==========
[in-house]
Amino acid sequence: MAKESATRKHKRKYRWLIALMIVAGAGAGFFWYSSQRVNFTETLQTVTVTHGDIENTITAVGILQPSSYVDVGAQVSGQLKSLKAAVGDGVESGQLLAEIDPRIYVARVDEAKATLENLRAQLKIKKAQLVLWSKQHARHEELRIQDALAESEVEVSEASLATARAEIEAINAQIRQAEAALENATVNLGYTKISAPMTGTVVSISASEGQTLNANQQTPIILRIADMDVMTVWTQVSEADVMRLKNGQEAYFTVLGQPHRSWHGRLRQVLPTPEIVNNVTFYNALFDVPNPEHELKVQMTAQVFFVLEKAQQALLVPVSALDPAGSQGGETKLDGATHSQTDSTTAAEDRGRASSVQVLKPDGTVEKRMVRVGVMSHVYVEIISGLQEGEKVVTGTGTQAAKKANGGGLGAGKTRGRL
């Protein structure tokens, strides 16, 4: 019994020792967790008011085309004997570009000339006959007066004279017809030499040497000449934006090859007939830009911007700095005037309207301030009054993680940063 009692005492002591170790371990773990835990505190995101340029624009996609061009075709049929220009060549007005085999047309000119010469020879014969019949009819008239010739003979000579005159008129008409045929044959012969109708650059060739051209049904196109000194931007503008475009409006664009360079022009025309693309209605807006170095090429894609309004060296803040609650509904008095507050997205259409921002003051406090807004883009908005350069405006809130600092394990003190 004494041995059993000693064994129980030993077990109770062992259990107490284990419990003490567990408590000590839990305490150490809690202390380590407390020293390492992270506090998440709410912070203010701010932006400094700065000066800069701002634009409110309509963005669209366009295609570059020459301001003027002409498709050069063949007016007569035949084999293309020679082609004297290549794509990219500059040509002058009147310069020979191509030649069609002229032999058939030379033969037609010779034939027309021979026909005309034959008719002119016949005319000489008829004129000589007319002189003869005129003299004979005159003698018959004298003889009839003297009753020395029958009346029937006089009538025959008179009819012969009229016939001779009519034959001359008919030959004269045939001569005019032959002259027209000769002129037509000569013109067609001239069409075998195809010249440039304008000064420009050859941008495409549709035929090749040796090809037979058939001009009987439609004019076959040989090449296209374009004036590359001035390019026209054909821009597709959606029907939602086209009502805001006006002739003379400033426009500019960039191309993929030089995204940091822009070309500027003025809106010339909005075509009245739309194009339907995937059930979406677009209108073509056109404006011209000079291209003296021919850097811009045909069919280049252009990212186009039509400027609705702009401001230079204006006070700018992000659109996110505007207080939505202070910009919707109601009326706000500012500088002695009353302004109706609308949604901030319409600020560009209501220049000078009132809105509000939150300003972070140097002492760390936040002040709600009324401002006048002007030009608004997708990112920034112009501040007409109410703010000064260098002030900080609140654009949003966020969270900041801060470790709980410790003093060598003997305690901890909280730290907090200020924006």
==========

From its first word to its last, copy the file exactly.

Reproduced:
[in-house]
Amino acid sequence: MAKESATRKHKRKYRWLIALMIVAGAGAGFFWYSSQRVNFTETLQTVTVTHGDIENTITAVGILQPSSYVDVGAQVSGQLKSLKAAVGDGVESGQLLAEIDPRIYVARVDEAKATLENLRAQLKIKKAQLVLWSKQHARHEELRIQDALAESEVEVSEASLATARAEIEAINAQIRQAEAALENATVNLGYTKISAPMTGTVVSISASEGQTLNANQQTPIILRIADMDVMTVWTQVSEADVMRLKNGQEAYFTVLGQPHRSWHGRLRQVLPTPEIVNNVTFYNALFDVPNPEHELKVQMTAQVFFVLEKAQQALLVPVSALDPAGSQGGETKLDGATHSQTDSTTAAEDRGRASSVQVLKPDGTVEKRMVRVGVMSHVYVEIISGLQEGEKVVTGTGTQAAKKANGGGLGAGKTRGRL
């Protein structure tokens, strides 16, 4: 019994020792967790008011085309004997570009000339006959007066004279017809030499040497000449934006090859007939830009911007700095005037309207301030009054993680940063 009692005492002591170790371990773990835990505190995101340029624009996609061009075709049929220009060549007005085999047309000119010469020879014969019949009819008239010739003979000579005159008129008409045929044959012969109708650059060739051209049904196109000194931007503008475009409006664009360079022009025309693309209605807006170095090429894609309004060296803040609650509904008095507050997205259409921002003051406090807004883009908005350069405006809130600092394990003190 004494041995059993000693064994129980030993077990109770062992259990107490284990419990003490567990408590000590839990305490150490809690202390380590407390020293390492992270506090998440709410912070203010701010932006400094700065000066800069701002634009409110309509963005669209366009295609570059020459301001003027002409498709050069063949007016007569035949084999293309020679082609004297290549794509990219500059040509002058009147310069020979191509030649069609002229032999058939030379033969037609010779034939027309021979026909005309034959008719002119016949005319000489008829004129000589007319002189003869005129003299004979005159003698018959004298003889009839003297009753020395029958009346029937006089009538025959008179009819012969009229016939001779009519034959001359008919030959004269045939001569005019032959002259027209000769002129037509000569013109067609001239069409075998195809010249440039304008000064420009050859941008495409549709035929090749040796090809037979058939001009009987439609004019076959040989090449296209374009004036590359001035390019026209054909821009597709959606029907939602086209009502805001006006002739003379400033426009500019960039191309993929030089995204940091822009070309500027003025809106010339909005075509009245739309194009339907995937059930979406677009209108073509056109404006011209000079291209003296021919850097811009045909069919280049252009990212186009039509400027609705702009401001230079204006006070700018992000659109996110505007207080939505202070910009919707109601009326706000500012500088002695009353302004109706609308949604901030319409600020560009209501220049000078009132809105509000939150300003972070140097002492760390936040002040709600009324401002006048002007030009608004997708990112920034112009501040007409109410703010000064260098002030900080609140654009949003966020969270900041801060470790709980410790003093060598003997305690901890909280730290907090200020924006």